Group 2 financing can be modeled after group 1 but since businesses would be saving on private health insuranceexpenses, employers could be fully responsible for the additional cost.
This Medicare extension could also solve the excessive cost of today’s healthcare system. In the US, an MRI costs four to five times more than in other countries — same equipment, same education for technicians and physicians, same time spent in the radiology room. A visit to an emergency room in Italy in 2017 for 15 stitches on a leg wound — tetanus shot andantibiotics included — only cost me €150 with no local insurance! In the US, according to various studies, it’s a minimumof $2,500. Clearly, there is a lot of price flexibility in our system. Because of the sheer size of this new Medicare, betterprices for in-hospital care and medical services can surely be negotiated, thus lowering total costs even further.
These cost reductions would benefit all enrollees, lowering premiums, co-payments and co-insurance.
The proposed coverage, similar for all enrollees, would be independent of income, minimizing racial and socialinequalities. Individuals that cannot afford the premiums and/or co-payments and co-insurance could get some type of supplemental insurance through Medicaid, like today. In the case of unemployment, people would keep their Medicare insurance since they would no longer be tied to an employer-based system. With comprehensive healthcarecoverage, people will be more likely to seek medical care when needed, have access to prevention measures, thusensuring better health and wellness. As a result, overall health outcome indicators will also improve overtime.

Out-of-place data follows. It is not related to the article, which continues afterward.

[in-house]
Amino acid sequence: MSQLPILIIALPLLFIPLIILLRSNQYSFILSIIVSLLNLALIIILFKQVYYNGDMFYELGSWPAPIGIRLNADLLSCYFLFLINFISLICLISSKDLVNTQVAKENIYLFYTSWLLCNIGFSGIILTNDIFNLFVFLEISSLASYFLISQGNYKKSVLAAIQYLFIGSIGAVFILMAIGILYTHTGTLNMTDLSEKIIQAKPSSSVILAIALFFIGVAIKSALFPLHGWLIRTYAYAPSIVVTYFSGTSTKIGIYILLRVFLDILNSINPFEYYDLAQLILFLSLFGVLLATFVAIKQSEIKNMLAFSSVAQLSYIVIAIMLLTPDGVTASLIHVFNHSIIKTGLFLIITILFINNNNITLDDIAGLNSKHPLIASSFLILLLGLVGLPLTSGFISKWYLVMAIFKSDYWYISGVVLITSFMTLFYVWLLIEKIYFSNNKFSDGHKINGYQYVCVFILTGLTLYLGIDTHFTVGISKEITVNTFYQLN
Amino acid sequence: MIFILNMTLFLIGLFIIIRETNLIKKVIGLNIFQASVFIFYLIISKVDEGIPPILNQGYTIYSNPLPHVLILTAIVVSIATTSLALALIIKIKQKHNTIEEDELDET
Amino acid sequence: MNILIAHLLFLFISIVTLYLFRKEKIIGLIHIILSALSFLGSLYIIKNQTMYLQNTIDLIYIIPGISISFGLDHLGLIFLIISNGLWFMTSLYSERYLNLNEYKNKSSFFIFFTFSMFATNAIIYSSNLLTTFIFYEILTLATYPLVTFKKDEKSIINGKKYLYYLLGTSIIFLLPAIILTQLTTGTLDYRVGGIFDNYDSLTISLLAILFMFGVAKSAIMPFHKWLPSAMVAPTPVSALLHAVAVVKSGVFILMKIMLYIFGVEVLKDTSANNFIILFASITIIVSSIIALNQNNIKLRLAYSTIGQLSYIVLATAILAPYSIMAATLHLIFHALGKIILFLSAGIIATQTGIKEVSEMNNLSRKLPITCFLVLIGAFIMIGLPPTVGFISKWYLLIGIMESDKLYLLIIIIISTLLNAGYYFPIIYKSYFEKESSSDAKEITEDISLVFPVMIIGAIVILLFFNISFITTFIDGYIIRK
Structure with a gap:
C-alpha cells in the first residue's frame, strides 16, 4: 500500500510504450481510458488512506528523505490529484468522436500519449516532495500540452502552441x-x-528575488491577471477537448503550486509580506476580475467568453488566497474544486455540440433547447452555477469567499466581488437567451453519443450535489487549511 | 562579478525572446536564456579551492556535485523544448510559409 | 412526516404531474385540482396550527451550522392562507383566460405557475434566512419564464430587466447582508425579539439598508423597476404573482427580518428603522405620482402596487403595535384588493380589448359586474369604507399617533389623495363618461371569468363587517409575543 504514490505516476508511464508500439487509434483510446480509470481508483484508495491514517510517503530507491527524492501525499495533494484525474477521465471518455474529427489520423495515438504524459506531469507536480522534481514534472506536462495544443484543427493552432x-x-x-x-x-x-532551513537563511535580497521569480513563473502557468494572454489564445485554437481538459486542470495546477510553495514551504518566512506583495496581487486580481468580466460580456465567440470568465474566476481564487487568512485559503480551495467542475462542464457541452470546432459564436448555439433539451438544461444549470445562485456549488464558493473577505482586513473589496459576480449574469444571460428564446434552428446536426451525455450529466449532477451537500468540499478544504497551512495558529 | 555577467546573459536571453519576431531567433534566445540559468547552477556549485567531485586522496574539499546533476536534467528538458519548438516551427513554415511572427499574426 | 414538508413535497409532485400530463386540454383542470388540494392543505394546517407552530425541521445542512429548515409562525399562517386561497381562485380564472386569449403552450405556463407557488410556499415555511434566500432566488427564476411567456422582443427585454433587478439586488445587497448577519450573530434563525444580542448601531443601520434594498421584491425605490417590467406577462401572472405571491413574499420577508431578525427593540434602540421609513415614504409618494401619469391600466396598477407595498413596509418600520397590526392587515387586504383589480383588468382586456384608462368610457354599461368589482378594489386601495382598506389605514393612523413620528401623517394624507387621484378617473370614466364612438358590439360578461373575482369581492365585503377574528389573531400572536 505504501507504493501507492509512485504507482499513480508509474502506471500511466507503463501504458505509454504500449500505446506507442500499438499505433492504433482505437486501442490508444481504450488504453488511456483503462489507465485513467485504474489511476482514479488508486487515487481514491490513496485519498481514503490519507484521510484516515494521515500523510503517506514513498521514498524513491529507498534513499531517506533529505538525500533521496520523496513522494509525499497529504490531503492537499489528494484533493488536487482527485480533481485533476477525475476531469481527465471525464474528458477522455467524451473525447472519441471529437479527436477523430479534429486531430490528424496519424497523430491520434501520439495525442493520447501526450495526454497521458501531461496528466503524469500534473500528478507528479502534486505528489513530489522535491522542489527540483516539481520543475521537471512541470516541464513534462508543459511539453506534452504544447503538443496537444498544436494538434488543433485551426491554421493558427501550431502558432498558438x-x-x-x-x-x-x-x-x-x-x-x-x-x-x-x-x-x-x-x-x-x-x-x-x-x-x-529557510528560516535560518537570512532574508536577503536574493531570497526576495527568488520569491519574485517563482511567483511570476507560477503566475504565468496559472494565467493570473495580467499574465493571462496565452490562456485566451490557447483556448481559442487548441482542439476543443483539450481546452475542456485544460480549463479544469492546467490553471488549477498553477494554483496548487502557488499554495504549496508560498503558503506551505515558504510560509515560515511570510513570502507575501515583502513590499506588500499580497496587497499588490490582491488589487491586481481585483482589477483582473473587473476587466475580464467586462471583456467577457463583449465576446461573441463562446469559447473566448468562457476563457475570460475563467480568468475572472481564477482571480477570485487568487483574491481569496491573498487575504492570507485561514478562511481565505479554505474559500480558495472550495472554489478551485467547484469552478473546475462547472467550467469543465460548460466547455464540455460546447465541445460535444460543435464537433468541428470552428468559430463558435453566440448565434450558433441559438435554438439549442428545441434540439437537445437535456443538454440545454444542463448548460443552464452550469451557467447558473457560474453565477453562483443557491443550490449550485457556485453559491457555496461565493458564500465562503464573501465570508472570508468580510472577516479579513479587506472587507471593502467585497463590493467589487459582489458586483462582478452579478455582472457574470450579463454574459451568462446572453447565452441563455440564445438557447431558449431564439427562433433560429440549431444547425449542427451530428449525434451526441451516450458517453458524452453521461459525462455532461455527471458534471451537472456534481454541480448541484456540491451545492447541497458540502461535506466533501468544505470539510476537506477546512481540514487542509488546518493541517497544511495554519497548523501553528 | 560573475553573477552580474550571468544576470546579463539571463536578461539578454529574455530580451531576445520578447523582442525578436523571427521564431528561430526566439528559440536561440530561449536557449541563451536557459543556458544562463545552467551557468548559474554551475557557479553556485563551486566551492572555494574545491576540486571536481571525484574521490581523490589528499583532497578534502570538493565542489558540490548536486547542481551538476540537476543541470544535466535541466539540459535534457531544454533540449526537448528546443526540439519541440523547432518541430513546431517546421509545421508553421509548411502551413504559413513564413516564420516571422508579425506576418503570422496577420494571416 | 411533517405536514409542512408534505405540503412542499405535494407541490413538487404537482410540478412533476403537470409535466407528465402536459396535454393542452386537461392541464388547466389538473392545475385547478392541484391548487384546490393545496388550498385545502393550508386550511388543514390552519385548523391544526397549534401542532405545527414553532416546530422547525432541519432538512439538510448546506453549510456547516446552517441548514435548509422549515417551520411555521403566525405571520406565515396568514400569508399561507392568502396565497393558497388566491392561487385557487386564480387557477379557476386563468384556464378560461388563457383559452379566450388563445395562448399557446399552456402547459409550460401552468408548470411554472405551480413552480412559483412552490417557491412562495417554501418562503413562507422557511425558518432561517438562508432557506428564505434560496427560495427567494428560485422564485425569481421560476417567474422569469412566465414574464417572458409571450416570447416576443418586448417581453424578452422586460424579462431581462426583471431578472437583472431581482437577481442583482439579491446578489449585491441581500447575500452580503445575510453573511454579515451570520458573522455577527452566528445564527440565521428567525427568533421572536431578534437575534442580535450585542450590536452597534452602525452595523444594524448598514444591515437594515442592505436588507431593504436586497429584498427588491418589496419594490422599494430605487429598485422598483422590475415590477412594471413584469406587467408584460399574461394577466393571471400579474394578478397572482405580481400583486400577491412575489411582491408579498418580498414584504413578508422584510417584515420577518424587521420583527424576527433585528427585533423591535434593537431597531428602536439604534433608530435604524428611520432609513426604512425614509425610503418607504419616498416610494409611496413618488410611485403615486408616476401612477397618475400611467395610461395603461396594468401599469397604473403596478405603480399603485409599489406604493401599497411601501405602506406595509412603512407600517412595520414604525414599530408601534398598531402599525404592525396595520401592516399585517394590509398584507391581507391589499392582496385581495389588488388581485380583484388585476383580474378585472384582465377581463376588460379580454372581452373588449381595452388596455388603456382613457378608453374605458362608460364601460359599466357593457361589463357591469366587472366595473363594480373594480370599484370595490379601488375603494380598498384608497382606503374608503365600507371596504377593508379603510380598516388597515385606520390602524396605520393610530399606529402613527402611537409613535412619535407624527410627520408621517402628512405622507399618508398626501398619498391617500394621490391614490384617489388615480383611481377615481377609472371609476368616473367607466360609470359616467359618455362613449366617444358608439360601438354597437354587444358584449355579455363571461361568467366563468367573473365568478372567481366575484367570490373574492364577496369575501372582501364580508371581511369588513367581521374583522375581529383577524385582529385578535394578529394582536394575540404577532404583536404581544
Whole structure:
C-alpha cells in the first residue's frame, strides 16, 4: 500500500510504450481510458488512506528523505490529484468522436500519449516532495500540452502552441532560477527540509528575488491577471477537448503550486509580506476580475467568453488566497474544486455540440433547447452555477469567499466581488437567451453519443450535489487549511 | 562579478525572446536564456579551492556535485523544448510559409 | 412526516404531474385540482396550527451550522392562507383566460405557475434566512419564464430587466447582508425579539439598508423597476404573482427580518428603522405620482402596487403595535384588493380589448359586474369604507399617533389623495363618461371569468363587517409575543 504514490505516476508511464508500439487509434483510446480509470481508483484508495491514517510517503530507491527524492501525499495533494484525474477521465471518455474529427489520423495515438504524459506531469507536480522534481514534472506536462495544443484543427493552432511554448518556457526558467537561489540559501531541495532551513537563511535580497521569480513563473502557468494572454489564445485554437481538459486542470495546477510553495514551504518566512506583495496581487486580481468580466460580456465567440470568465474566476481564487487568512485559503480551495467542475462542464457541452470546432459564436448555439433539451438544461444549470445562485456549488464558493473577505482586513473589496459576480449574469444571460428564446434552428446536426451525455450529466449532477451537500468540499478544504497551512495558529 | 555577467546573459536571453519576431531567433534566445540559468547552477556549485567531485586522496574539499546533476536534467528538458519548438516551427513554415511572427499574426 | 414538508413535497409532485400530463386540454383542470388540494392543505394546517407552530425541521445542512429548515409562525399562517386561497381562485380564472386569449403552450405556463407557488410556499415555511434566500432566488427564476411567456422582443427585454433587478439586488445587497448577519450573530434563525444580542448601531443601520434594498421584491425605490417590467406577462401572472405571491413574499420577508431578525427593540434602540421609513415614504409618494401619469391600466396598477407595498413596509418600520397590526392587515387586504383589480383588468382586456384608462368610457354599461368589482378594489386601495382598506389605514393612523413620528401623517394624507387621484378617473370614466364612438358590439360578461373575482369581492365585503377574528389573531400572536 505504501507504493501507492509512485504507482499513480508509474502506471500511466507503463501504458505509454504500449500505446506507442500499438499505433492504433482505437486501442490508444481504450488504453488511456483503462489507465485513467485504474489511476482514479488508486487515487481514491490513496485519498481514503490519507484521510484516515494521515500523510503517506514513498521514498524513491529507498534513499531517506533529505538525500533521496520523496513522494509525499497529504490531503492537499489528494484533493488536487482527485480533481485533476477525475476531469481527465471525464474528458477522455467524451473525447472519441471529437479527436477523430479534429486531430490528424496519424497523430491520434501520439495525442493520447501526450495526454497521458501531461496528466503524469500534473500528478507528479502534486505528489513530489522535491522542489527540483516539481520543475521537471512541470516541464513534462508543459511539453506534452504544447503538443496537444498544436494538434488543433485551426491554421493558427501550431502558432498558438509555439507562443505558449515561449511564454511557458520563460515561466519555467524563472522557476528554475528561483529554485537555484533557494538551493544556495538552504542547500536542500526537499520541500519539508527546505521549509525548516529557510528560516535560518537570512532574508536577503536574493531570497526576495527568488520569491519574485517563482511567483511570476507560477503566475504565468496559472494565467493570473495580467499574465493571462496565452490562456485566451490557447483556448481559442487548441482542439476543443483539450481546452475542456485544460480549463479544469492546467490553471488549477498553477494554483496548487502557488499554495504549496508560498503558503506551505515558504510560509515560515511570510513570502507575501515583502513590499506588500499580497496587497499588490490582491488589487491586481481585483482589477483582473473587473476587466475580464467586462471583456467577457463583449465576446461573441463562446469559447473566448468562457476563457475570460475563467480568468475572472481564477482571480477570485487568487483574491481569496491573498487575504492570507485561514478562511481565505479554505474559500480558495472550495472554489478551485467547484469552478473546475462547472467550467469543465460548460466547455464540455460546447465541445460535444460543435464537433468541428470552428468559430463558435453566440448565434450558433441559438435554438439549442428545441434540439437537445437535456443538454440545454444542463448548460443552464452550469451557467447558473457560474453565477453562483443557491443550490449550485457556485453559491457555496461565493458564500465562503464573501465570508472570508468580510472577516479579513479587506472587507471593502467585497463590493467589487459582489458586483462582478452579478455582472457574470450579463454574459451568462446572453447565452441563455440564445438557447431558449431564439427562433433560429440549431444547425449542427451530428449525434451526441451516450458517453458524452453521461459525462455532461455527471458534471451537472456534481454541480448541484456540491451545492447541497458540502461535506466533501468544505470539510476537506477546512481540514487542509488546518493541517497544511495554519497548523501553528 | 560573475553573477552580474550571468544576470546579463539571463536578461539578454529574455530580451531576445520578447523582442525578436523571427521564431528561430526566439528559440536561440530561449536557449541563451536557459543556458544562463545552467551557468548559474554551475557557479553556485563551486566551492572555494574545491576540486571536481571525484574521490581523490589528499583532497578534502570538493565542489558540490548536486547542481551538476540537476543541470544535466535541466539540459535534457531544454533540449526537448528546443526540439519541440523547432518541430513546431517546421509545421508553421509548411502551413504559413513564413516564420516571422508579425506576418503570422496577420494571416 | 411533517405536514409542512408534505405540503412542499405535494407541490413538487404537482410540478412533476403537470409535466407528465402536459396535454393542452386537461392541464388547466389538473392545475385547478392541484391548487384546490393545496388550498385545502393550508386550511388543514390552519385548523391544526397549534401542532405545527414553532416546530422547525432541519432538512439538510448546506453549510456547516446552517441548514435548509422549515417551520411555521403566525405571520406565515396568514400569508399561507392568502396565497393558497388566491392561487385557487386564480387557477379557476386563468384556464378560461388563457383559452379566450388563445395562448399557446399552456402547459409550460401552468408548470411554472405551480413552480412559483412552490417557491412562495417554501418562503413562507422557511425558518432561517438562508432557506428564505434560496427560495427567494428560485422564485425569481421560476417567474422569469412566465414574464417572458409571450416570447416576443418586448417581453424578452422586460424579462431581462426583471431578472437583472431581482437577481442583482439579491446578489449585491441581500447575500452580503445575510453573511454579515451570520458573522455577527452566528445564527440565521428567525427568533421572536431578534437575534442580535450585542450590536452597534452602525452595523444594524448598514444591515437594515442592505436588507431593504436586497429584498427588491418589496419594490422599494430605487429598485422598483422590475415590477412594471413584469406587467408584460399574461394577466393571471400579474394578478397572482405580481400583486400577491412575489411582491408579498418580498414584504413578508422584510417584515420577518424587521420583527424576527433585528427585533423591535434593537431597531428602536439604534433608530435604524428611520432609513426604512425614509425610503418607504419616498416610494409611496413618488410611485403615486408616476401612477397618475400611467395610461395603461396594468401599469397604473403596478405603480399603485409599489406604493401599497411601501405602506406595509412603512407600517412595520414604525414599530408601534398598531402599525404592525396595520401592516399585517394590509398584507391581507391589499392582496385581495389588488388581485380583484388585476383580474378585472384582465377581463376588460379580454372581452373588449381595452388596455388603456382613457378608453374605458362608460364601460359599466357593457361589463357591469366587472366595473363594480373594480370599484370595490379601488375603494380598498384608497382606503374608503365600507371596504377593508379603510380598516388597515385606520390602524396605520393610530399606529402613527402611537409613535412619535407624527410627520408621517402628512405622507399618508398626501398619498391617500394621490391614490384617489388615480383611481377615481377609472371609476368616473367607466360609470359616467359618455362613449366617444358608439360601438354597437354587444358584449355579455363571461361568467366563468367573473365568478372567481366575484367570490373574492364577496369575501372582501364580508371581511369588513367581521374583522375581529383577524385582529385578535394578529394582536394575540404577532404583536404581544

COVID-19 has only magnified well known flaws of our healthcare system: too many uninsured and underinsured, rising costs making it less affordable to employees and employers, systemic inequalities, and automatic loss of coverage forthe newly jobless. An extension of Medicare is the affordable solution to our current healthcare problems. Pharma needs to start planning for this change to minimize its impact on US revenues. Price negotiations by Medicare will be the new normal. Value-based pricing is likely to play a larger role and yearly price increases will be limited to the CPIat best.
We only explored a couple ways of financing this extension but there are many other options which can be explored and debated. Reasonably easy to implement, a Medicare extension could also be up and running quickly.
In 1965, the creation of Medicare and Medicaid was a bold bi-partisan move that secured healthcare coverage forsenior citizens and the poor. Can we be as bold today and secure universal, comprehensive healthcare coverage for all Americans? We clearly need it.
Bruno Delagneau, BDA Consulting.